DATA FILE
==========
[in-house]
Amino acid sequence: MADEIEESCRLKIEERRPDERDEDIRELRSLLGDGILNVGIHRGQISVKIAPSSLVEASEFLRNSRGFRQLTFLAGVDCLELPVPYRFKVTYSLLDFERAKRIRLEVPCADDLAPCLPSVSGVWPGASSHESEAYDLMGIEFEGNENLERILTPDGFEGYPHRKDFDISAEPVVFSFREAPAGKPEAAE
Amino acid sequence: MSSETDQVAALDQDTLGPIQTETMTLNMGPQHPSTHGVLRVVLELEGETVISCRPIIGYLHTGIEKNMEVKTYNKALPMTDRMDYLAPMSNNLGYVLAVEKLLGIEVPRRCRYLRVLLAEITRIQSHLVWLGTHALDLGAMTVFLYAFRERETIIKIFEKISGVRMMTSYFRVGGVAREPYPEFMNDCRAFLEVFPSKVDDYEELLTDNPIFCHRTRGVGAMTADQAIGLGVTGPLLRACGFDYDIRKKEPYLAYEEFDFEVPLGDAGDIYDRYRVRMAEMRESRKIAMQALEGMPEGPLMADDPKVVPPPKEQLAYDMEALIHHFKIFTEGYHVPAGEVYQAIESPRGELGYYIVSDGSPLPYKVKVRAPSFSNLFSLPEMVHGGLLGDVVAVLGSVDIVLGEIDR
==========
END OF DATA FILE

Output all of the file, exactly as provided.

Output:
[in-house]
Amino acid sequence: MADEIEESCRLKIEERRPDERDEDIRELRSLLGDGILNVGIHRGQISVKIAPSSLVEASEFLRNSRGFRQLTFLAGVDCLELPVPYRFKVTYSLLDFERAKRIRLEVPCADDLAPCLPSVSGVWPGASSHESEAYDLMGIEFEGNENLERILTPDGFEGYPHRKDFDISAEPVVFSFREAPAGKPEAAE
Amino acid sequence: MSSETDQVAALDQDTLGPIQTETMTLNMGPQHPSTHGVLRVVLELEGETVISCRPIIGYLHTGIEKNMEVKTYNKALPMTDRMDYLAPMSNNLGYVLAVEKLLGIEVPRRCRYLRVLLAEITRIQSHLVWLGTHALDLGAMTVFLYAFRERETIIKIFEKISGVRMMTSYFRVGGVAREPYPEFMNDCRAFLEVFPSKVDDYEELLTDNPIFCHRTRGVGAMTADQAIGLGVTGPLLRACGFDYDIRKKEPYLAYEEFDFEVPLGDAGDIYDRYRVRMAEMRESRKIAMQALEGMPEGPLMADDPKVVPPPKEQLAYDMEALIHHFKIFTEGYHVPAGEVYQAIESPRGELGYYIVSDGSPLPYKVKVRAPSFSNLFSLPEMVHGGLLGDVVAVLGSVDIVLGEIDR